The fact that you can now sustain the fun of writing only by confronting the very same unfun parts of yourself you’d first used writing to avoid or disguise is another paradox, but this one isn’t any kind of bind at all. What it is is a gift, a kind of miracle, and compared to it the rewards of strangers’ affection is as dust, lint.
Both Flesh and Not is excellent in its entirety and just as quietly, unflinchingly soul-stirring as “The Nature of the Fun.”
“Had I been blessed with even limited access to my own mind there would have been no reason to write.”
BY MARIA POPOVA
The question of what propels creators, especially great creators, is the subject of eternal fascination and cultural curiosity. In “Why I Write,” originally published in the New York Times Book Review in December of 1976 and found in The Writer on Her Work, Volume 1 (public library), Joan Didion — whose indelible insight on self-respect is a must-read for all — peels the curtain on one of the most celebrated and distinctive voices of American fiction and literary journalism to reveal what it is that has compelled her to spend half a century putting pen to paper.
Of course I stole the title for this talk, from George Orwell. One reason I stole it was that I like the sound of the words: Why I Write. There you have three short unambiguous words that share a sound, and the sound they share is this: I I I In many ways writing is the act of saying I, of imposing oneself upon other people, of saying listen to me, see it my way, change your mind. It’s an aggressive, even a hostile act. You can disguise its qualifiers and tentative subjunctives, with ellipses and evasions — with the whole manner of intimating rather than claiming, of alluding rather than stating — but there’s no getting around the fact that setting words on paper is the tactic of a secret bully, an invasion, an imposition of the writer’s sensibility on the reader’s most private space.
I had trouble graduating from Berkeley, not because of this inability to deal with ideas — I was majoring in English, and I could locate the house-and-garden imagery in The Portrait of a Lady as well as the next person, ‘imagery’ being by definition the kind of specific that got my attention — but simply because I had neglected to take a course in Milton. I did this. For reasons which now sound baroque I needed a degree by the end of that summer, and the English department finally agreed, if I would come down from Sacramento every Friday and talk about the cosmology of Paradise Lost, to certify me proficient in Milton. I did this. Some Fridays I took the Greyhound bus, other Fridays I caught the Southern Pacific’s City of San Francisco on the last leg of its transcontinental trip. I can no longer tell you whether Milton put the sun or the earth at the center of his universe in Paradise Lost, the central question of at least one century and a topic about which I wrote 10,000 words that summer, but I can still recall the exact rancidity of the butter in the City of San Francisco’s dining car, and the way the tinted windows on the Greyhound bus cast the oil refineries around Carquinez Straits into a grayed and obscurely sinister light. In short my attention was always on the periphery, on what I could see and taste and touch, on the butter, and the Greyhound bus. During those years I was traveling on what I knew to be a very shaky passport, forged papers: I knew that I was no legitimate resident in any world of ideas. I knew I couldn’t think. All I knew then was what I couldn’t do. All I knew then was what I wasn’t, and it took me some years to discover what I was.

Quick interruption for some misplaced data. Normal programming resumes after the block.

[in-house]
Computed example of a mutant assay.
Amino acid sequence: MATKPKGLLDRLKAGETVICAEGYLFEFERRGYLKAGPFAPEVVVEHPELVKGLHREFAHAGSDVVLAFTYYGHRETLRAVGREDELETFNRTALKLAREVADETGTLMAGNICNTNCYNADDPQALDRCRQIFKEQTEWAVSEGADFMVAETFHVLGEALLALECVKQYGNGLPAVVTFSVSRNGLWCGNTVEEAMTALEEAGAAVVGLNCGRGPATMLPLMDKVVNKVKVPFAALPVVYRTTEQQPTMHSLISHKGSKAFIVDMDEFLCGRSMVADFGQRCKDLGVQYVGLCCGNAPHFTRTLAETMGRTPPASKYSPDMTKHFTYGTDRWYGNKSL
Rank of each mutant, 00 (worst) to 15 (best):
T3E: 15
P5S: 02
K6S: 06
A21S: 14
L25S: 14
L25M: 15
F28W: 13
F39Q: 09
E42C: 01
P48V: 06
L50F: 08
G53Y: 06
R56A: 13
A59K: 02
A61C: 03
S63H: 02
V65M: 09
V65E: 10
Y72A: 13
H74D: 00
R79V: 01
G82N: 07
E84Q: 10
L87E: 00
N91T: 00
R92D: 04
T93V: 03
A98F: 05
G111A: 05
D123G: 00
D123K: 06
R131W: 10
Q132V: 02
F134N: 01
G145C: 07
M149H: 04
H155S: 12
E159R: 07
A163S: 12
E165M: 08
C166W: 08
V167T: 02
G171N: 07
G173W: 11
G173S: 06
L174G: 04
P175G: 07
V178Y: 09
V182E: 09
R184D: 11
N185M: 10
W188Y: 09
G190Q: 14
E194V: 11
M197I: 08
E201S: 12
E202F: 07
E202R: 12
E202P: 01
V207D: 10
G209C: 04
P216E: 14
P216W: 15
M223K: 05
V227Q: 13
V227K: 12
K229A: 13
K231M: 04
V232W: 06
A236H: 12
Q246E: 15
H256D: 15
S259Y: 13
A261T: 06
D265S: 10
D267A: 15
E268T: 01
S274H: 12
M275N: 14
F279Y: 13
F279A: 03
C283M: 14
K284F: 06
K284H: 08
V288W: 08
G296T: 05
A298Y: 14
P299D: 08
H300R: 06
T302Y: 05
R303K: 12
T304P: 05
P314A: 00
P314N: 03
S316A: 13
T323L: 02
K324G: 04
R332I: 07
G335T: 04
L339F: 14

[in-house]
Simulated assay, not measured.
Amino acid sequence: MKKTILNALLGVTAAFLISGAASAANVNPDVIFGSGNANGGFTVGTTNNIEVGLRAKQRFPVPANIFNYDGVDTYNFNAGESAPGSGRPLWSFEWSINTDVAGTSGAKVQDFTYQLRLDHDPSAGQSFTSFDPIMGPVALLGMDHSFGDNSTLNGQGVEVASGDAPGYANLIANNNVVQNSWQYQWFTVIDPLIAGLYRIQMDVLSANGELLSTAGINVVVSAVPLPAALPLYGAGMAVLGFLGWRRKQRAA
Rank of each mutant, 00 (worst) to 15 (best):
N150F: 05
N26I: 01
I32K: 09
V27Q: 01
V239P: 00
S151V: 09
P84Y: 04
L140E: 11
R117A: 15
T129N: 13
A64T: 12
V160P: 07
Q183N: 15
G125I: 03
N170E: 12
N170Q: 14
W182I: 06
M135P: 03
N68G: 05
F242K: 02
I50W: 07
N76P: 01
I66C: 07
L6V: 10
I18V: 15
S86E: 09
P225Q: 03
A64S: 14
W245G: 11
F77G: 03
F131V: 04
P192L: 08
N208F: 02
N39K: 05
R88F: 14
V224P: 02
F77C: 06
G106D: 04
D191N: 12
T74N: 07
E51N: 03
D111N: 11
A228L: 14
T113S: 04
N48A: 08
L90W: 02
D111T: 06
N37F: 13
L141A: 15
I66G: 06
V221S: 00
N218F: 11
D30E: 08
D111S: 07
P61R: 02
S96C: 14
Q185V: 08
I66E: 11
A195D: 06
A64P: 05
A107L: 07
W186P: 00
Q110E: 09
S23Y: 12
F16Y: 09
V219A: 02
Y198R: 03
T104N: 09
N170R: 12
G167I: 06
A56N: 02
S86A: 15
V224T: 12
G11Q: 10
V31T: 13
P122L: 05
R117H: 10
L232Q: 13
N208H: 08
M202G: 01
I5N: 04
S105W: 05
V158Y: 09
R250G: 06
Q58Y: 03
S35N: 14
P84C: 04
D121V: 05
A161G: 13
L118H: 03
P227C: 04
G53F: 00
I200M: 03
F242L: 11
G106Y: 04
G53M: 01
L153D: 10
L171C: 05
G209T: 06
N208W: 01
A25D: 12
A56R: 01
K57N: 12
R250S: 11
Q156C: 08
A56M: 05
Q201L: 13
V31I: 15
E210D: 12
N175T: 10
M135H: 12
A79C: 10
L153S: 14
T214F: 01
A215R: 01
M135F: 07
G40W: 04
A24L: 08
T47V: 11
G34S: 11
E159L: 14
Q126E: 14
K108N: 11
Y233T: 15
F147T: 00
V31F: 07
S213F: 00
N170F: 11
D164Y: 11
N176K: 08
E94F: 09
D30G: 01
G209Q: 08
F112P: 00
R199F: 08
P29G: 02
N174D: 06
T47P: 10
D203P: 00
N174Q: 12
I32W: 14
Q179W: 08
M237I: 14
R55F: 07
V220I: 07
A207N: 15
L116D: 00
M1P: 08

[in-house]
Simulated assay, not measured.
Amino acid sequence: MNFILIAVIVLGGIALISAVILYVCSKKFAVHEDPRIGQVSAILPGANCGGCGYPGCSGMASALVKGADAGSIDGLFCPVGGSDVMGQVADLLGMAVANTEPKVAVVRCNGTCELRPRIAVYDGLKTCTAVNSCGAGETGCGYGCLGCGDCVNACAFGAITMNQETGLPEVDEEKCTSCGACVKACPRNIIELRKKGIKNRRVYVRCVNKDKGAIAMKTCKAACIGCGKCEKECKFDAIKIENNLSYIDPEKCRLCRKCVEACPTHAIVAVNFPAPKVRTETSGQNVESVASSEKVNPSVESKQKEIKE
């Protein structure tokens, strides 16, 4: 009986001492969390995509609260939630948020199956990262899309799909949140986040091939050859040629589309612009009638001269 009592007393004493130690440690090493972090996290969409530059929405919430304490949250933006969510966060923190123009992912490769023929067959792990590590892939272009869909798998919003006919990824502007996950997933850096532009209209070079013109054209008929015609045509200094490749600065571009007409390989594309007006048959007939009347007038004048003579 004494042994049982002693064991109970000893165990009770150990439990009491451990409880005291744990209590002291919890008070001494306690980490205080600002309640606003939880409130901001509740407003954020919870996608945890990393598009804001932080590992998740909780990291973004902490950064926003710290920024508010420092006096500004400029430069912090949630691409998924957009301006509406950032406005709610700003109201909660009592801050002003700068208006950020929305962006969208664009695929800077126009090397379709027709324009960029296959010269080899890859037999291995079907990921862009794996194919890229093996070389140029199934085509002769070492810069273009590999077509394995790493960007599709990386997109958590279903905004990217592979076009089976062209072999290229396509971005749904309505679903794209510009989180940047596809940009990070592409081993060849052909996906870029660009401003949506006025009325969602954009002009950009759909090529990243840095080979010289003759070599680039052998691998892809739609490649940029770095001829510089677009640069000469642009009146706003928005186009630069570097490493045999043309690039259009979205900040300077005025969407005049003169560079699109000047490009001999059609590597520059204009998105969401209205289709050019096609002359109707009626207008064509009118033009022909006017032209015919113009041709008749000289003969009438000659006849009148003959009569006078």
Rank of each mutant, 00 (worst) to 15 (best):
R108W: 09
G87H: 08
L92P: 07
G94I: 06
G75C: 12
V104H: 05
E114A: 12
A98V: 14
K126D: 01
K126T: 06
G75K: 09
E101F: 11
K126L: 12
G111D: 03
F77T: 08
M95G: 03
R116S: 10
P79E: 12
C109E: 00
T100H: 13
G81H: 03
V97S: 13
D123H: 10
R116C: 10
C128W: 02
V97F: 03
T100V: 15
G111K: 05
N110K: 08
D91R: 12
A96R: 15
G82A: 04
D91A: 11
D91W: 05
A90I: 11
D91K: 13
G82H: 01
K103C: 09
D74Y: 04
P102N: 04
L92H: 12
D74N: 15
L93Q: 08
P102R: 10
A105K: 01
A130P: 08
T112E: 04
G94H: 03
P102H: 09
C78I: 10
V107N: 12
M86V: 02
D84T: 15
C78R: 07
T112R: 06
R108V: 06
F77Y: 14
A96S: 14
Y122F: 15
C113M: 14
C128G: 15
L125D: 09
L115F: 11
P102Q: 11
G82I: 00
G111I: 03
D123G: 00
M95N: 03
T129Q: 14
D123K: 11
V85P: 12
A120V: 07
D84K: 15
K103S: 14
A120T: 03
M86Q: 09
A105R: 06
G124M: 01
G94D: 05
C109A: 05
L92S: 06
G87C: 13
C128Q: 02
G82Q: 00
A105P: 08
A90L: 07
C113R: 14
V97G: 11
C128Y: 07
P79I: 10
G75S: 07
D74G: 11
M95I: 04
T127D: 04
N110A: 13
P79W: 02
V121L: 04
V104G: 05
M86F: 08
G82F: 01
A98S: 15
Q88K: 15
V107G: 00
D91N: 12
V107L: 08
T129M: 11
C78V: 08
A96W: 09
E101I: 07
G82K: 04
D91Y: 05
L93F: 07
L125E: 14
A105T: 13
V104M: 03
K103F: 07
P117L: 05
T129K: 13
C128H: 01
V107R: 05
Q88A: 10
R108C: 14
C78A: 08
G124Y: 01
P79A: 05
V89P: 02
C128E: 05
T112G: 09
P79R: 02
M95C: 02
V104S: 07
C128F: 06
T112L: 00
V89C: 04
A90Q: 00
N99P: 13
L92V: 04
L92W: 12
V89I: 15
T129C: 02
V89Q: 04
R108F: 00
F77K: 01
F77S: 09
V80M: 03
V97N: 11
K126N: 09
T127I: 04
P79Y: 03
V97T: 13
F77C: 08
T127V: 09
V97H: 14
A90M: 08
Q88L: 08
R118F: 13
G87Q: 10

Which was a writer.
By which I mean not a ‘good’ writer or a ‘bad’ writer but simply a writer, a person whose most absorbed and passionate hours are spent arranging words on pieces of paper. Had my credentials been in order I would never have become a writer. Had I been blessed with even limited access to my own mind there would have been no reason to write. I write entirely to find out what I’m thinking, what I’m looking at, what I see and what it means. What I want and what I fear. Why did the oil refineries around Carquinez Straits seem sinister to me in the summer of 1956? Why have the night lights in the bevatron burned in my mind for twenty years? What is going on in these pictures in my mind?
Grammar is a piano I play by ear, since I seem to have been out of school the year the rules were mentioned. All I know about grammar is its infinite power. To shift the structure of a sentence alters the meaning of that sentence, as definitely and inflexibly as the position of a camera alters the meaning of the object photographed. Many people know about camera angles now, but not so many know about sentences. The arrangement of the words matters, and the arrangement you want can be found in the picture in your mind. The picture dictates the arrangement. The picture dictates whether this will be a sentence with or without clauses, a sentence that ends hard or a dying-fall sentence, long or short, active or passive. The picture tells you how to arrange the words and the arrangement of the words tells you, or tells me, what’s going on in the picture. Nota bene.